Treasuries moved notably higher during trading on Thursday, extending the upward trend seen over the past several sessions.
Bond prices pulled back off their best levels going into the close but remained firmly positive. As a result, the yield on the benchmark ten-year note, which moves opposite of its price, fell by 3.6 basis points to 1.558 percent.
The ten-year yield closed lower for the sixth time in the past eight sessions, dropping to its lowest closing level in well over three months.
Treasuries continued to benefit from their appeal as a safe haven amid renewed concerns about the impact of the coronavirus outbreak.
According to Chinese health officials, the coronavirus outbreak has killed at least 170 people and infected more than 8,100.
The cases of the mysterious new coronavirus worldwide now outnumber the infections saw during the entire SARS outbreak of 2002 and 2003.
Some companies have already started to warn about the impact of the outbreak on their first quarter corporate results.
Traders largely shrugged off a report from the Commerce Department showing U.S. economic growth in the fourth quarter continued at the same pace as in the previous quarter.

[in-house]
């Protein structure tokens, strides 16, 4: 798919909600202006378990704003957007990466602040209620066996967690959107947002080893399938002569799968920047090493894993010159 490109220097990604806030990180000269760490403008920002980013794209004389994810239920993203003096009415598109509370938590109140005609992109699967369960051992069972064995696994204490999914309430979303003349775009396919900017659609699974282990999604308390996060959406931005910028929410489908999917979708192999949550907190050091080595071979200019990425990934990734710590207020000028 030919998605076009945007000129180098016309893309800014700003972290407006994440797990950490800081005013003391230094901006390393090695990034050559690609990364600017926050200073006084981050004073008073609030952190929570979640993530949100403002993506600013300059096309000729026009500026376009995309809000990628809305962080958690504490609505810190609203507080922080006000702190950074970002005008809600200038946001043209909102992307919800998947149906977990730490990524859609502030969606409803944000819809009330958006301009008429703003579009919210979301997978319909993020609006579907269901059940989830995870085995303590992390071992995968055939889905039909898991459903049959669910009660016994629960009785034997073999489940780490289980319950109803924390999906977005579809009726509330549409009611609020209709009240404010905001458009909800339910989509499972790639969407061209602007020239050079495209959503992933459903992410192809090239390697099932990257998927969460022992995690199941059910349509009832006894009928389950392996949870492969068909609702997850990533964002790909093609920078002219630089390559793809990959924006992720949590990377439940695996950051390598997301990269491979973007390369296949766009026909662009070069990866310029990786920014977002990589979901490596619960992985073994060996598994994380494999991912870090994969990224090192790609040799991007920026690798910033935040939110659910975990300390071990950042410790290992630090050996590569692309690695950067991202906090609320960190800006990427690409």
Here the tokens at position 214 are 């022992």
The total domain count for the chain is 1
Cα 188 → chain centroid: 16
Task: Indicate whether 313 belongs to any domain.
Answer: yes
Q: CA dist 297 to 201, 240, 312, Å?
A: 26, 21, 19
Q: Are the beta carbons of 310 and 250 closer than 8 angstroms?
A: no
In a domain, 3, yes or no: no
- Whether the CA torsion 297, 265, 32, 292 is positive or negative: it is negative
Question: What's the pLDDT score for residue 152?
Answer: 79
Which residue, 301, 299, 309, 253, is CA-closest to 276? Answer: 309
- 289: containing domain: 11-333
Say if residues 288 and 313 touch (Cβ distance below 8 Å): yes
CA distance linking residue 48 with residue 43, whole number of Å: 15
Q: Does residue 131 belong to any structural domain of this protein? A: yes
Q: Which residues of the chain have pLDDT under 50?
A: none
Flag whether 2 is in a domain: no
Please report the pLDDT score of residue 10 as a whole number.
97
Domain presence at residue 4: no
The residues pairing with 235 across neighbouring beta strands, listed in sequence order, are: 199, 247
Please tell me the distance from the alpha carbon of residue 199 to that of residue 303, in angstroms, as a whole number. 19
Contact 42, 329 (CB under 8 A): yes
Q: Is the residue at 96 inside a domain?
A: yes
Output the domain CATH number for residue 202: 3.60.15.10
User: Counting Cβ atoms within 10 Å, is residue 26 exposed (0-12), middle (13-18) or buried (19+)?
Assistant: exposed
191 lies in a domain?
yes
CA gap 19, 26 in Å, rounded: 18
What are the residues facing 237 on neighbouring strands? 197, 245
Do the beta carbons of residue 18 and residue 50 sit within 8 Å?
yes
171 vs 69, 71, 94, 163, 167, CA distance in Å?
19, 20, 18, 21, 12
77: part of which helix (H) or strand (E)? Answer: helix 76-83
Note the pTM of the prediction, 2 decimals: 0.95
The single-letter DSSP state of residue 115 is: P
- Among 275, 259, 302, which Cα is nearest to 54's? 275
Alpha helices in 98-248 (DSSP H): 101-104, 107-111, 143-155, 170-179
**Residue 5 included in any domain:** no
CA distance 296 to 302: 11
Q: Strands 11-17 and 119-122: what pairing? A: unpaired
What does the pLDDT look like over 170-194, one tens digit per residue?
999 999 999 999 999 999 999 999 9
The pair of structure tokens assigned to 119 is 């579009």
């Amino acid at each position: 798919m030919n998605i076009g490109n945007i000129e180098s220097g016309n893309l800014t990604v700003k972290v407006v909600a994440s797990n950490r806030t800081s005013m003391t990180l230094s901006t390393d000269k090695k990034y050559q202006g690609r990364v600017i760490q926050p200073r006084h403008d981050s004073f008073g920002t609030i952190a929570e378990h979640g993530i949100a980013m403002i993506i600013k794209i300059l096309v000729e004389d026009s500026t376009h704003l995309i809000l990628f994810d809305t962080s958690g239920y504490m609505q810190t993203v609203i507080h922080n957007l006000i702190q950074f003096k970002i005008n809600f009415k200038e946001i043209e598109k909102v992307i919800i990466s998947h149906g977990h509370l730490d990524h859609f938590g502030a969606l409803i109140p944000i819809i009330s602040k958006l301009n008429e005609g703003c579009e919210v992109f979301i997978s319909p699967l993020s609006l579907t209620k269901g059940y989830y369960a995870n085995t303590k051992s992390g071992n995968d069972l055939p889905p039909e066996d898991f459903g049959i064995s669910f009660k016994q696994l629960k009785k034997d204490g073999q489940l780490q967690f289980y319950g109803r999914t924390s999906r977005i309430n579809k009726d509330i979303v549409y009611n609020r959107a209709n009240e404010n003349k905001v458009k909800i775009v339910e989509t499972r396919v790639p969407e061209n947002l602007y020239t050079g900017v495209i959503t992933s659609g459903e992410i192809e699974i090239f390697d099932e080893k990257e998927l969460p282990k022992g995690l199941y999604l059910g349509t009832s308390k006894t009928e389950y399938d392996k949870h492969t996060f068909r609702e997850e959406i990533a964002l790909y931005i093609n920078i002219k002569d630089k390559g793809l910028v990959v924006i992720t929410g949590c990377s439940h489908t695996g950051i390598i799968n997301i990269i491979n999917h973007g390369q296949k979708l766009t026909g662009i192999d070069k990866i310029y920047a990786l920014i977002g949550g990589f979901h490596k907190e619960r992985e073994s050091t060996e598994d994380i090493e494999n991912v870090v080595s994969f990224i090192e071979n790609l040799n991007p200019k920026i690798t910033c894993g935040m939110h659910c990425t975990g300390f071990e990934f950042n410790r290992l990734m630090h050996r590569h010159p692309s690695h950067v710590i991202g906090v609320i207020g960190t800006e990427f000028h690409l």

The Commerce Department said real gross domestic product climbed by 2.1 percent in the fourth quarter, unchanged from the third quarter and in line with economist estimates.
The pace of GDP growth was unchanged as a downturn in imports, an acceleration in government spending, and a smaller decrease in non-residential investment were offset by a larger decrease in private inventory investment and a slowdown in consumer spending.
A separate report released by the Labor Department showed first-time claims for U.S. unemployment benefits decreased from an upwardly revised level in the week ended January 25th.
The report said initial jobless claims fell to 216,000, a decrease of 7,000 from the previous week’s revised level of 223,000.
Economists had expected jobless claims to inch up to 215,000 from the 211,000 originally reported for the previous week.
News on the coronavirus front is likely to remain in focus on Friday, although traders are also likely to keep an eye on reports on personal income and spending, consumer sentiment, and Chicago-area business activity.